By Adam Adkins
Before a single person took a step, Mia Michaels told the crowd at the WGI Day-After Dance Class why she was here: she appreciates the art and eccentricity of color guard. And while to the novice, color guard might seem an art more focused on equipment work—flag routines, sabre phrases, rifle tosses—in reality, dance and movement serve as the connective tissue for all color guard shows. It’s an essential part of the art form.
That’s why the UD Arena floor was lined with hundreds of young performers on the Sunday morning following World Class Finals. Good chance most of them didn’t get the requisite eight hours of sleep the night before. But, even after so many rehearsals and pressure-packed performances during the 2019 WGI World Championships, these performers came out because Michaels’ class provides an emotional/physical release and a chance to grow as both a performer and individual.
As the class began to warm up and stretch their improv skills, Michaels shared some wisdom.
“What helps a dancer get noticed is to be unique,” she explained. “You should be yourselves.”
The class worked on different techniques and Michaels kept the class fun, encouraging each performer to embrace their individuality.
“This is your moment to dance for yourself and for no one else,” Michaels said during one sequence.
Sure, these performers all exercise their own creativity as part of their performances (be it guard or otherwise), but after months of drilling one show, it was surely freeing for these performers to focus on only themselves, in particular.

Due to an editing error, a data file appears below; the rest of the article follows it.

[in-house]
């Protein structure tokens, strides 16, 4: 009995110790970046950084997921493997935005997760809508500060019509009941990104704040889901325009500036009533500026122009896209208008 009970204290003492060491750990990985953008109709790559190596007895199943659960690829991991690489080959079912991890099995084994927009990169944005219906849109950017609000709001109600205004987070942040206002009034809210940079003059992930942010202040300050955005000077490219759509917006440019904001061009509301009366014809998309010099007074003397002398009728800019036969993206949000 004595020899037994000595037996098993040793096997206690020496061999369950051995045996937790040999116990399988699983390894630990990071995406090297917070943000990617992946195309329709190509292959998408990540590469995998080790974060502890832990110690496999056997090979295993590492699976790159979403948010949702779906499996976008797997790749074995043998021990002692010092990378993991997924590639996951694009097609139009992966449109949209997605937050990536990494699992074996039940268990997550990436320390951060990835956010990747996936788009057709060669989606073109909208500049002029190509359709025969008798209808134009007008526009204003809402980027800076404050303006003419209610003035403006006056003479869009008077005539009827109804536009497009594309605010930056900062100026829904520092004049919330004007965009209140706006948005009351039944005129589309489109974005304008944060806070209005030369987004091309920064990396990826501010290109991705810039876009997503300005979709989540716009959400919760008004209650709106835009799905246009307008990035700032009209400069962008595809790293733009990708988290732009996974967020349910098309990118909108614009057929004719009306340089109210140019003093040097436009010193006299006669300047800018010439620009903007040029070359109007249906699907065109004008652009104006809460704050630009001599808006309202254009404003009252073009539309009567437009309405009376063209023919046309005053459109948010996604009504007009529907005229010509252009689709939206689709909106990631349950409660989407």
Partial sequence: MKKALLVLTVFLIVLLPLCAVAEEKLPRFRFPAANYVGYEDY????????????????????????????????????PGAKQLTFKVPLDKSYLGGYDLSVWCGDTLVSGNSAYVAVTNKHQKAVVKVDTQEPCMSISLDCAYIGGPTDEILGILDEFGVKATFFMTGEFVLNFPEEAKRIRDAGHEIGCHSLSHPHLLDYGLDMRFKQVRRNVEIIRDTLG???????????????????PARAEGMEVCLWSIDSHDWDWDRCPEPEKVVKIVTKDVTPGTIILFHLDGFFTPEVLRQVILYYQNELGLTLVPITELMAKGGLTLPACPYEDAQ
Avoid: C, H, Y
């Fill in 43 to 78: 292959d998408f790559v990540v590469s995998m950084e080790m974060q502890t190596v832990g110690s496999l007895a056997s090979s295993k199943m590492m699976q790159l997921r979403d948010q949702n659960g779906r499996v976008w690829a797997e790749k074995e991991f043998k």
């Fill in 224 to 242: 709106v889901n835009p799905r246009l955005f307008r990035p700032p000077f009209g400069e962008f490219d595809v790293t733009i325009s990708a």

The class continued to move through various techniques, with Michaels narrating the instruction and purpose of each new movement. A hand raised just this way, a spin finishing with just that flourish. One particular explanation of how critical transitions are to a performance—including Michaels’ demonstrator, Bella, doing it the wrong way and then the right way—drew laughter and applause from the participants.
Michaels taught the class a small routine, and, after walking through it a few times, broke the class into three groups—two groups of ladies, one group of guys—and had them practice what they had learned.
“Remember, dance movement is a vocabulary; it’s a language,” Michaels said. “I want you to talk to me!”
One young man named David truly did, and Michaels was so impressed with his performance that she had Bella run through the entire routine with him. Afterward, Michaels explained that, for artists, the highs and lows of life are what fill the creative vacuum. Artists take their joy, sorrow, heartbreak and more, and turn it into creativity.
Near the end, Michaels also stressed how critical it was for them to understand their own originality and to be comfortable with it. Doing so helps eliminate the noise from outside.
“Living life to the fullest and laughing all along the way, even when we’re crying,” Michaels said, right before explaining how a troubling experience as a young performer led her to embrace her passion for choreography. “That had to happen for me, in order for me to become who I was meant to be in the world,” Michaels said.
About the Author: Adam Adkins is a freelance writer and editor, web developer and social media specialist located in Dayton, OH. You can read his sports writing at www.AdkinsonSports.com or follow him on Twitter @RealAdamAdkins.